Airports

Honey, I’m home! Airports help bees make a comeback

Don’t worry, ‘bee’ happy: the number of honeybee colonies in the United States is on the rise and airports are doing their part to help.

The county of honeybee colonies is up from 2.8 million in April, 2016 to 2.89 million in April, 2017, according to a report from the U.S. Department of Agriculture.

That’s a plus for bees, of course, but because bees are credited with pollinating more than $15 billion of U.S. crops each year, it’s also a bonus for the economy.

It’s also news because since 2006 honey bees have been disappearing from their hives and dying at unprecedented rates due to a condition known as Colony Collapse Disorder.

The culprits may be global warming, pesticide use, habitat loss and parasites, say researchers, but (more good news) the USDA survey reports that in the first quarter of from January to March 2017 there was a 27 decrease in the number of colonies lost to the disorder compared to the first quarter of 2016.

Honey helpers

Honeybee colonies are getting some comeback help from a growing number of airports hosting beehives and sharing their sweet stories of success.

In Victoria, British Columbia, Harbour Air just put four hives with 10,000 bees on the one-acre grass roof of its floating airport terminal for seaplanes. A “bee cam” lets passengers waiting in the airport lounge below watch the bees at work and, come fall, the airline plans to offer its own “Harbour Honey” to passengers to use as sweetener in the complimentary in-terminal coffee and tea.

Besides making a contribution to the local ecosystem, “This will be an important way to educate people of all ages on the importance of honeybees to our local environment,” said Bill Fosdick the president of the Capital Region Beekeepers Association, which is overseeing the introduction of the bee colony.

In late 2015, Minneapolis-St. Paul International Airport partnered with the “Bee Squad” program at the University of Minnesota to set up an apiary on airport property. Now 31 colonies are being tended to by U.S. military veterans.

Some of the honey extracted last year was sold to Chef Andrew Zimmern (of “Bizarre Foods” fame) and to General Mills to benefit the program. “We also gave some to the Veteran participants,” said Bee Squad Program director Becky Masterman, “This year’s extraction will be larger and we hope to sell some of the honey in the airport and have some used in MSP restaurants.”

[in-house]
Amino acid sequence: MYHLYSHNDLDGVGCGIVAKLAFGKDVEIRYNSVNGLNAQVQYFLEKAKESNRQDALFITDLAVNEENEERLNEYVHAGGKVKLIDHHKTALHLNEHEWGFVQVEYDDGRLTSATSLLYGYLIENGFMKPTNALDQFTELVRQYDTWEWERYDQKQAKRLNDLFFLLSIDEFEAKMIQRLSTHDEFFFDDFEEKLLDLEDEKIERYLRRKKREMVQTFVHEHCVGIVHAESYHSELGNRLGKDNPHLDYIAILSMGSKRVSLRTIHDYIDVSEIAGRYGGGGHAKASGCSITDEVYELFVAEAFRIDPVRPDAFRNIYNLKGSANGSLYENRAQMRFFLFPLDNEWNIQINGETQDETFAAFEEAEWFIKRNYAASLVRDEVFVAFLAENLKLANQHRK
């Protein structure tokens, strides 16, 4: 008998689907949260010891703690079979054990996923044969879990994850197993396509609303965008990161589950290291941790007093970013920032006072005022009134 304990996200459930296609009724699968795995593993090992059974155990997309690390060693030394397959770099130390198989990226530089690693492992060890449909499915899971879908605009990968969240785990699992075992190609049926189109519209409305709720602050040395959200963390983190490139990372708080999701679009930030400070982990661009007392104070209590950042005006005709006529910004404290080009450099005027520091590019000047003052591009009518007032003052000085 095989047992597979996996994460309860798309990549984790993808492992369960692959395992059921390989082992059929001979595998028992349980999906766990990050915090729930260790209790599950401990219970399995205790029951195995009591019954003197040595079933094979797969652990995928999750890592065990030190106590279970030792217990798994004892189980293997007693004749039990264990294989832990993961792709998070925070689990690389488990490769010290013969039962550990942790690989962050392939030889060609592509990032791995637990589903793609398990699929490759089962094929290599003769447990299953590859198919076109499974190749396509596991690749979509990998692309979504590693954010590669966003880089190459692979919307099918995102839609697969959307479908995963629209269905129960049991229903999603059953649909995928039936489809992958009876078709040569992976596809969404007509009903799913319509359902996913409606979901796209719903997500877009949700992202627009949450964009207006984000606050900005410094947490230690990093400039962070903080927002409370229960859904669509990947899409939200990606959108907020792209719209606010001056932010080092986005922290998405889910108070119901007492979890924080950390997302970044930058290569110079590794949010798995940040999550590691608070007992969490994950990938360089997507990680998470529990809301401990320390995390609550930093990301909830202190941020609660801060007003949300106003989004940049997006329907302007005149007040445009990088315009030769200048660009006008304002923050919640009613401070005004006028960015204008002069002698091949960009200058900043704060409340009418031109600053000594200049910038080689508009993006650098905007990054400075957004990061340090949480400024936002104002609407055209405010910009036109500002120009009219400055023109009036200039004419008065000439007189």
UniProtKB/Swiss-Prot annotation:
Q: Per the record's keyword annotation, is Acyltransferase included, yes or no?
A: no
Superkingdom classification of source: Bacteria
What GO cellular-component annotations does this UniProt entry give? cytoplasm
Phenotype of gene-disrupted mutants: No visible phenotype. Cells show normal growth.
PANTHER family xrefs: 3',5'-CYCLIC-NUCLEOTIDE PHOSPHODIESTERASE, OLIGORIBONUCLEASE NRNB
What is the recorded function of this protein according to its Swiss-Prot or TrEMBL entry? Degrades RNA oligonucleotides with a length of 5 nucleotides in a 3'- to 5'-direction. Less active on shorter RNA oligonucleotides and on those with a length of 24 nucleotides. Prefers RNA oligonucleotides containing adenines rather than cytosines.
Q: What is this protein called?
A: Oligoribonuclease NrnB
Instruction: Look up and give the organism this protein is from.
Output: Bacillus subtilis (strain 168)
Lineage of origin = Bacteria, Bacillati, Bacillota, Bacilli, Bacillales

Beehives were also installed at Montréal-Trudeau airport in 2015 (following a similar project at Montréal-Mirabel in 2014) and now each airport is home to about 300,000 honey bees. Some of the honey produced is sold to employees to raise funds for a local non-profit that helps low-income families and individuals; the balance is donated to local food banks.

Back in the United States, there are apiaries on property at Chicago’s O’Hare International Airport, St. Louis Lambert International Airport, Seattle-Tacoma International Airport and Austin-Bergstrom International Airport.

At O’Hare, where the bee program is in its seventh season, there are currently 30 to 40 hives (down from a high of 75) and about one million bees on duty.

Operated by Sweet Beginnings, which gives training and jobs to formerly incarcerated individuals and others who may have significant barriers to finding jobs, the apiary produces about 35 pounds of honey per hive.

Under the ‘beelove’ brand, products made with the O’Hare honey, including lip balm, skincare creams, soaps and, of course, jars of raw national honey, are sold in Hudson News stores at O’Hare and in the Farmers Market kiosk in Terminal 3. Some O’Hare restaurants, including Tortas Frontera by Rick Bayless, also use the O’Hare honey in meals.

In 2013, the Port of Seattle teamed up with The Common Acre, a local non-profit, to place clusters of honey bee hives on unused, open land at three Seattle-Tacoma International Airport locations.

Like the symbiotic relationship between bees and flowers, both the airport and the non-profit get something valuable from the deal.

The Common Acre is collecting scientific data from the hives “crucial to understanding and supporting pollinators,” said group founder Bob Redmond, and is selling the honey to help offset costs. Among other benefits, the bees help the airport keep large birds away from airplanes by supporting the growth of dense vegetation on a former golf course area.

(A slightly different version of my story about bees at airports first appeared on CNBC)

 

 

Kid Band Week at Austin Bergstrom Int’l Airport